NATIONAL COMMUNICATIONS: As part of their UNFCCC commitments, Annex I Parties are required to submit a national communication on a regular basis (approximately every 4-5 years). At COP-5, which met in October/November 1999, Parties adopted guidelines for preparing and reporting Annex I national communications. The guidelines require Annex I Parties to provide information on:

  • national circumstances relevant to greenhouse gas emissions and removals;
     

  • greenhouse gas inventories;
     

  • vulnerability assessments, climate change impacts and adaptation measures;
     

  • financial resources and transfer of technology;
     

  • research and systematic observation; and
     

  • education, training and public awareness.

The national communications also request information on policies and measures (P&Ms) implemented by Parties to mitigate emissions, and projections of emissions estimates up to 2020 for all sectors. The majority of Annex I Parties are now in the process of preparing their fourth national communications, due for submission by 1 January 2006.

WORKSHOP BACKGROUND: At SBSTA-19, meeting in conjunction with COP-9, in December 2003, in Milan, Italy, Parties examined data showing that, while the aggregate 2000 greenhouse gas emissions of Annex I Parties were below 1990 levels, these emissions are expected to increase in the period 2000-2010. Data was compiled based on information in national communications and from in-depth reviews of the communications carried out by the Secretariat. As a result of the data, Parties agreed to take further action to implement P&Ms to contribute to modifying longer-term trends in emissions. The COP decided to request the Secretariat to prepare a summary report of the in-depth reviews of Annex I national communications, as well as to organize a workshop to facilitate timely submission of fourth national communications. SBSTA-19 also agreed that a workshop on emissions projections was necessary in order to support the preparation of fourth national communications.

REPORT OF THE WORKSHOP

Halldór Thorgeirsson, Coordinator of the Subsidiary Body for Scientific and Technological Advice (SBSTA), UNFCCC Secretariat, welcomed participants and read a statement on behalf of SBSTA Chair Abdullatif Benrageb (Libya), who was unable to be present at the workshop and, therefore, requested Hans-Joachim Ziesing (Germany), Micheal Young (Ireland) and Neil Ferry (Australia) to facilitate the workshop on his behalf.

Stelios Pesmajoglou, UNFCCC Secretariat, recalled the mandate of the workshop, including to:

  • hold technical discussions on methodological issues relating to the preparation of greenhouse gas emissions projections;
     

  • hold an open exchange of views and experiences in preparing projections;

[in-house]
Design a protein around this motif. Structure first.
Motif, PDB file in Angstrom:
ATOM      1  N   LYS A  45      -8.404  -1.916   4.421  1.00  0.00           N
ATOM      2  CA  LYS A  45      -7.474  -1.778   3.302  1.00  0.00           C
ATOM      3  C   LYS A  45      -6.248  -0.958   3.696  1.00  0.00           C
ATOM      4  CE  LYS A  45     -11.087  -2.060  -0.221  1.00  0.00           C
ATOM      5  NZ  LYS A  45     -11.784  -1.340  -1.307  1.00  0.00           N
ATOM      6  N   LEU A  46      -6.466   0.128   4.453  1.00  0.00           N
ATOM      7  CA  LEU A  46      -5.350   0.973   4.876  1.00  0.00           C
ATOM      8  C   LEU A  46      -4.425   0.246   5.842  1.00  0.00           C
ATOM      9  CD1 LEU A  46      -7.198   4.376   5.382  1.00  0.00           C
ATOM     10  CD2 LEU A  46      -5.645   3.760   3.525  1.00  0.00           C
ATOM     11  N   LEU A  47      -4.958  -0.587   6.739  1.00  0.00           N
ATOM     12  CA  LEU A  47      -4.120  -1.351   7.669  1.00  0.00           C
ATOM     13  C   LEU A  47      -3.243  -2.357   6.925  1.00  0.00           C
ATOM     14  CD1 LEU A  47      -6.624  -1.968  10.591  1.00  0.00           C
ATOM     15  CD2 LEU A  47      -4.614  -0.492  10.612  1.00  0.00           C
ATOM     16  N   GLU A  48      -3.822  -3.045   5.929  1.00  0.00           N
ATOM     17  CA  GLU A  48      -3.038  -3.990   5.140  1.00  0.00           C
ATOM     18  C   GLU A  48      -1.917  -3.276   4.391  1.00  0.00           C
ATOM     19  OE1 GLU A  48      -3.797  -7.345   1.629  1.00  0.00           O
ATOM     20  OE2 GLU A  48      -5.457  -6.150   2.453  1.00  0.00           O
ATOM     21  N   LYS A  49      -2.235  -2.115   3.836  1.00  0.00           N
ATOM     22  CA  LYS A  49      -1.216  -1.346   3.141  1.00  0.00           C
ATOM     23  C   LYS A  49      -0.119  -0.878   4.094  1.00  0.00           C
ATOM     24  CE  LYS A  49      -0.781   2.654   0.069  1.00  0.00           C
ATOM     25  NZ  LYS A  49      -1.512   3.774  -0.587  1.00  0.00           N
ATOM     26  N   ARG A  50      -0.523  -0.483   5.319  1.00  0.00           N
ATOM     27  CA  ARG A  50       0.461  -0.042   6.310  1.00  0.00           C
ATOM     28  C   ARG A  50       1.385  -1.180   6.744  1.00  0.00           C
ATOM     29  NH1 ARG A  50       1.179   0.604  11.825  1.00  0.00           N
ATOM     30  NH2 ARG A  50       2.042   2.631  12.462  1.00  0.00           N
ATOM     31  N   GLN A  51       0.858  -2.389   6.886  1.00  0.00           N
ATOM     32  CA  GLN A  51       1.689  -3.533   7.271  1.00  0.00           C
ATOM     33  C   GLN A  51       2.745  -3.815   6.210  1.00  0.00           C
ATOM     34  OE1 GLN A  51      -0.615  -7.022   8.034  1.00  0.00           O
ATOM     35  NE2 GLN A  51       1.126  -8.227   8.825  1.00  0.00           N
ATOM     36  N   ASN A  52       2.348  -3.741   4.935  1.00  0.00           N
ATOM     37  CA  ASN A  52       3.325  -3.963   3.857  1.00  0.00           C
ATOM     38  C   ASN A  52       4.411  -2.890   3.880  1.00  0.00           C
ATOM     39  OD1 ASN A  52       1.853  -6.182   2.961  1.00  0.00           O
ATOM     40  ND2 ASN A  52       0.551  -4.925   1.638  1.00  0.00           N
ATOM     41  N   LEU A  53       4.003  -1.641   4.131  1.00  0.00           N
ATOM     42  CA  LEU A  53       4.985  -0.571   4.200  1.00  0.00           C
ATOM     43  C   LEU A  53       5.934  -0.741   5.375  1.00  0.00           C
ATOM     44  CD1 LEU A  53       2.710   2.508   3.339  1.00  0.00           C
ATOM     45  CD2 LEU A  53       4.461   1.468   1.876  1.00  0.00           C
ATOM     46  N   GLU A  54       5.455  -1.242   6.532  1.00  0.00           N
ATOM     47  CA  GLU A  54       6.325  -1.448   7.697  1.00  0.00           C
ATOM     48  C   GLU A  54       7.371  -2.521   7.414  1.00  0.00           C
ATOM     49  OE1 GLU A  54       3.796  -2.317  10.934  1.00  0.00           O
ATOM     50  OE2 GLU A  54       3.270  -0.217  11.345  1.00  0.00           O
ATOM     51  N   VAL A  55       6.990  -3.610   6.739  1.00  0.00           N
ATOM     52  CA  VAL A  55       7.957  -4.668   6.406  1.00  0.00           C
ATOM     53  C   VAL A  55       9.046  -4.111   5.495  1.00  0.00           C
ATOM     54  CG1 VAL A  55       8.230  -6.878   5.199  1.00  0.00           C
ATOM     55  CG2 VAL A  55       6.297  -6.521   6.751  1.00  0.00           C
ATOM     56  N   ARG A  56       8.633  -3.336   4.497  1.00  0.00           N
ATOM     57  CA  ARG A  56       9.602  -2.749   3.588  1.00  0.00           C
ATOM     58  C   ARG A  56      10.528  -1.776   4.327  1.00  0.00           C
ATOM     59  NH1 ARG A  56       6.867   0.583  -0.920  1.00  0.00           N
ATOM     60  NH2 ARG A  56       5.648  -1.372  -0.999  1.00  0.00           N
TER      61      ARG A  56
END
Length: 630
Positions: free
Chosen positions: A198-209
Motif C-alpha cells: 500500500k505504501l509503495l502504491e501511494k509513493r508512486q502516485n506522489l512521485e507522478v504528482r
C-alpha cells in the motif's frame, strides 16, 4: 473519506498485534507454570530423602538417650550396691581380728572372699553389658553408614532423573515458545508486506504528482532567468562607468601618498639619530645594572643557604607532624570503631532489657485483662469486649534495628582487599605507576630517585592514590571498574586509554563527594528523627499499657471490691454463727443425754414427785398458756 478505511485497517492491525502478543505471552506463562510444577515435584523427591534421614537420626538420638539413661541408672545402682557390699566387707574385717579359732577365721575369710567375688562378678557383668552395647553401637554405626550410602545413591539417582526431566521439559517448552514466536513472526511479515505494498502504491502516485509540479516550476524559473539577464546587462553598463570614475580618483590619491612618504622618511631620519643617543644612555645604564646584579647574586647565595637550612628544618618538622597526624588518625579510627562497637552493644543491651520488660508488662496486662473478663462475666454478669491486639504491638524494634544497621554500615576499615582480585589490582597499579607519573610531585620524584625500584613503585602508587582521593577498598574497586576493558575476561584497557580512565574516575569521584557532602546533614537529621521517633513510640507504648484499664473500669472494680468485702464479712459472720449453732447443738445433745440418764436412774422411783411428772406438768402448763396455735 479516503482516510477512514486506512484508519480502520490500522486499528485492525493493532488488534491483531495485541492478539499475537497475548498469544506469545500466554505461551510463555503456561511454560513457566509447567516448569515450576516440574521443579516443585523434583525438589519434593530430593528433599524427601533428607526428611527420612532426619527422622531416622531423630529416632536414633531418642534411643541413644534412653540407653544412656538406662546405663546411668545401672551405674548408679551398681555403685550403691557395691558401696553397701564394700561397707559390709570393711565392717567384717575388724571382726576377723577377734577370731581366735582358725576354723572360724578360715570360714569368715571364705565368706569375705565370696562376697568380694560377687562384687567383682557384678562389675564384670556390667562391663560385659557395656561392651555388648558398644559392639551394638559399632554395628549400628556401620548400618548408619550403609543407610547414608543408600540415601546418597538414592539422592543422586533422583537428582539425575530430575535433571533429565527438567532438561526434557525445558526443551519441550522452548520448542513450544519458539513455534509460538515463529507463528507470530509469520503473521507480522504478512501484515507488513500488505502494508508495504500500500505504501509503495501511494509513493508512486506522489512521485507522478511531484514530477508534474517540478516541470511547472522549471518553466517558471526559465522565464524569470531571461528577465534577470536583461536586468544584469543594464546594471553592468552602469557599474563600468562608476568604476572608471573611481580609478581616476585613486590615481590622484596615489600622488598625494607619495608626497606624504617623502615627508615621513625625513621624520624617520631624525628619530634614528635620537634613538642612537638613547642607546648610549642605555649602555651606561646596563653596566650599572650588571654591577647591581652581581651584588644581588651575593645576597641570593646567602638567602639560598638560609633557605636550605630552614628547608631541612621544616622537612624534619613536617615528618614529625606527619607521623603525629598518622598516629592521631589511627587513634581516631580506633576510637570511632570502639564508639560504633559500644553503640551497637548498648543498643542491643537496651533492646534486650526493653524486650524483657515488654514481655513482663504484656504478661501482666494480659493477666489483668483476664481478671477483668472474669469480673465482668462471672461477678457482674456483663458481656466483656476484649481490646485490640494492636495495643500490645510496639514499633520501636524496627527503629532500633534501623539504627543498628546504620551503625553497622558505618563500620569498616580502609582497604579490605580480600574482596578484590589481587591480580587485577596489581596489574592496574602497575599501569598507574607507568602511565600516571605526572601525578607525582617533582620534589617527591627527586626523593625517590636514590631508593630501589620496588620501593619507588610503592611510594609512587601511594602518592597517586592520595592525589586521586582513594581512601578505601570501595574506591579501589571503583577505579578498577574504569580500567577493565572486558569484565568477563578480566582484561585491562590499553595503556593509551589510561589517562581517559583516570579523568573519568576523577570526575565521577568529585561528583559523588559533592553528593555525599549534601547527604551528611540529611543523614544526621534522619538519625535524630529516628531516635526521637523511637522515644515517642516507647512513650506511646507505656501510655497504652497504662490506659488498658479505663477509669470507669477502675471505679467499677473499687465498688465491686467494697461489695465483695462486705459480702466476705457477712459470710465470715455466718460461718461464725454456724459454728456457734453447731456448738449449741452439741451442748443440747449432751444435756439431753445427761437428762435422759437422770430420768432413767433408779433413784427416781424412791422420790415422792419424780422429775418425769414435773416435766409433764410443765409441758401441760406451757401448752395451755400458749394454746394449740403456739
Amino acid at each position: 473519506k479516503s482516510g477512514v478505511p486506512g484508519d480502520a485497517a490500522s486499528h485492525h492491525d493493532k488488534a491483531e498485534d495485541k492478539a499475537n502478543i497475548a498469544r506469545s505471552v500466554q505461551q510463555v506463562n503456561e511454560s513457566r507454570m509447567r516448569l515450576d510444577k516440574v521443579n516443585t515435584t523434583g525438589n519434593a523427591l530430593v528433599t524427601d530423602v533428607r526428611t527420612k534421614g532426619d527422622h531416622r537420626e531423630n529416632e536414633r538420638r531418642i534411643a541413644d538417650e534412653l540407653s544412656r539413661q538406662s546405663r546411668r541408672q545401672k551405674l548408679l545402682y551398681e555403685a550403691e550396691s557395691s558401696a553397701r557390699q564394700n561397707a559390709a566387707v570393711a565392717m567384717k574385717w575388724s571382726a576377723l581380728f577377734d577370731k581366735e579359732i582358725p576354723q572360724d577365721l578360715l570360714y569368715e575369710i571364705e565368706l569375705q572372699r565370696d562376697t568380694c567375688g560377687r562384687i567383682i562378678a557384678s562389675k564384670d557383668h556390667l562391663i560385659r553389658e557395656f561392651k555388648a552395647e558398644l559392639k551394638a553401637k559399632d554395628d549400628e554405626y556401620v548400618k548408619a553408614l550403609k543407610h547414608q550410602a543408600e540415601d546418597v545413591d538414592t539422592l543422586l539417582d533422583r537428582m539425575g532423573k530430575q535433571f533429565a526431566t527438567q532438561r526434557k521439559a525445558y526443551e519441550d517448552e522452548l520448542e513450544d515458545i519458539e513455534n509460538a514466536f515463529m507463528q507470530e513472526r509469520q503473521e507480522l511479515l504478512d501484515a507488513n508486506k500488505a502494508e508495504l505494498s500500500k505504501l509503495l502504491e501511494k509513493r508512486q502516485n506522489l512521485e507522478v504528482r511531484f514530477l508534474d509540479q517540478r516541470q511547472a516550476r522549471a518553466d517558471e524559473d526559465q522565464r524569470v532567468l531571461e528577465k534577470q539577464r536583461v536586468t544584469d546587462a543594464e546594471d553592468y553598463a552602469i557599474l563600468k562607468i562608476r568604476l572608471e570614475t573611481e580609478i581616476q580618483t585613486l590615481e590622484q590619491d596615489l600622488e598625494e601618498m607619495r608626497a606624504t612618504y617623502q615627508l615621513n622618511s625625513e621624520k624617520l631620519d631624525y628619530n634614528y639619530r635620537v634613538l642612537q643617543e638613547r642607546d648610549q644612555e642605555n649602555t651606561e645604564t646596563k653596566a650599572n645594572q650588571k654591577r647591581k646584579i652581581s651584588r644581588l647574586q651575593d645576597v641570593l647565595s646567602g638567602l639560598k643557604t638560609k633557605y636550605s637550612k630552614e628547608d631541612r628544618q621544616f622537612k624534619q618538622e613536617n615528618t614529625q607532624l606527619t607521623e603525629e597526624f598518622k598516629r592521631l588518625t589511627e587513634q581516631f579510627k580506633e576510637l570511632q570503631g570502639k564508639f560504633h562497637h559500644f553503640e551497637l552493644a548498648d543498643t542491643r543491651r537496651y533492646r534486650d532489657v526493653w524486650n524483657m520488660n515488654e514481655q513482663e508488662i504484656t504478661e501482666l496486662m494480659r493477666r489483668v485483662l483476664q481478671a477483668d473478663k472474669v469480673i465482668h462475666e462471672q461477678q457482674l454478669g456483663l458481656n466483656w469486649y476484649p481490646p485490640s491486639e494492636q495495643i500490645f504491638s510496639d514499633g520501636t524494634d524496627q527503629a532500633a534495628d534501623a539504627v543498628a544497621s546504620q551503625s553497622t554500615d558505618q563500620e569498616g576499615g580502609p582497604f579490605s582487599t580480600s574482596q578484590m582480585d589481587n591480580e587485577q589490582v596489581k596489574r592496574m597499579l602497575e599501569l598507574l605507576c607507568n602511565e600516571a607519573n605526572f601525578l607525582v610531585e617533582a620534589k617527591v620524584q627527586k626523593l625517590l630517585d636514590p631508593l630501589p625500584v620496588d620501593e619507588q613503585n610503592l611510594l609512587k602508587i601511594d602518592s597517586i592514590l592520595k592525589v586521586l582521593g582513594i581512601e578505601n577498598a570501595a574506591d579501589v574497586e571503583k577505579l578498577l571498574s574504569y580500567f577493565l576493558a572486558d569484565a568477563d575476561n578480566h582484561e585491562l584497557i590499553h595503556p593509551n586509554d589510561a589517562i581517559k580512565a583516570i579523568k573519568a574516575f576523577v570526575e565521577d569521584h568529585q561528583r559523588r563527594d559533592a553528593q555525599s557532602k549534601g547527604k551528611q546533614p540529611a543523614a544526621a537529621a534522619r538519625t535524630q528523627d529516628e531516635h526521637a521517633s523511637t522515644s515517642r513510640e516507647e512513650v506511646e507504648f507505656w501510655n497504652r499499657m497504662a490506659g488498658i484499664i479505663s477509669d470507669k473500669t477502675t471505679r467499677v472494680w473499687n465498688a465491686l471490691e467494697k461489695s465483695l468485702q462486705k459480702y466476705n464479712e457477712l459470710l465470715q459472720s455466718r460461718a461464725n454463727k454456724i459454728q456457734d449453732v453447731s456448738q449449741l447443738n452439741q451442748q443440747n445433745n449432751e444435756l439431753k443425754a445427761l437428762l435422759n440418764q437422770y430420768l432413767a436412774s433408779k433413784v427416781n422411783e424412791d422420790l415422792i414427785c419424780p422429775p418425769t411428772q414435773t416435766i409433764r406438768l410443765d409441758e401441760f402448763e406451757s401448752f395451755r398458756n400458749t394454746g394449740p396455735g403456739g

• discuss lessons learned and identify areas for further improvement; and
     

  • address methods, assumptions, indicators, key parameters, sensitivity analysis and dissemination of methodologies for emissions projections.

He observed that findings during in-depth reviews and reflected in the compilation and synthesis (C&S) of third Annex I national communications indicate shortcomings in the projection of emissions. He said the three working papers prepared by the Secretariat for the workshop highlight issues for participants to discuss and are based on the C&S of third national communications, in-depth reviews, views of Parties, and Secretariat experience. He said the workshop was expected to provide a report to SBSTA-21 containing conclusions and/or recommendations, including on methodological challenges to preparing greenhouse gas projections to assist in the preparation of Annex I fourth national communications.

Electronic versions of the presentations are available on the UNFCCC Website:  http://unfccc.int/sessions/workshop/060904/present.html

GENERAL AND CROSS-CUTTING ISSUES

The discussion on general and cross-cutting issues was chaired by Hans-Joachim Ziesing.

Sergey Kononov, UNFCCC Secretariat, introduced the three working papers prepared for the workshop on: general and cross-cutting issues (Working Paper 1, http://unfccc.int/sessions/workshop/060904/documents/workpaper_1.pdf); issues in the preparation of greenhouse gas projections for the energy sector, transport, industry and waste management (Working Paper 2, http://unfccc.int/sessions/workshop/060904/documents/workpaper_2.pdf); and issues in the preparation of greenhouse gas projections for agriculture and LULUCF (Working Paper 3, http://unfccc.int/sessions/workshop/060904/documents/workpaper_3.pdf).

He noted that Working Paper 1 distinguishes between issues related to the reporting of projections, including compliance with the UNFCCC guidelines on national communications, and issues related to methodologies used to develop the projections, including preparation of scenarios, key modeling problems, uncertainties, and other issues.

PRESENTATIONS ON NATIONAL EXPERIENCES: Francis Bossier, Federal Planning Bureau, Belgium, described the methodology used to develop emissions projections in his country’s third national communication, which includes a combination of models for projections to 2010 and 2020, taking into account scenarios “with measures” and “with additional measures,” such as the introduction of a carbon dioxide tax and the effects of non-fiscal measures. He noted problems with data quality and with the use of a combination of models and underlined the need to quantify uncertainties.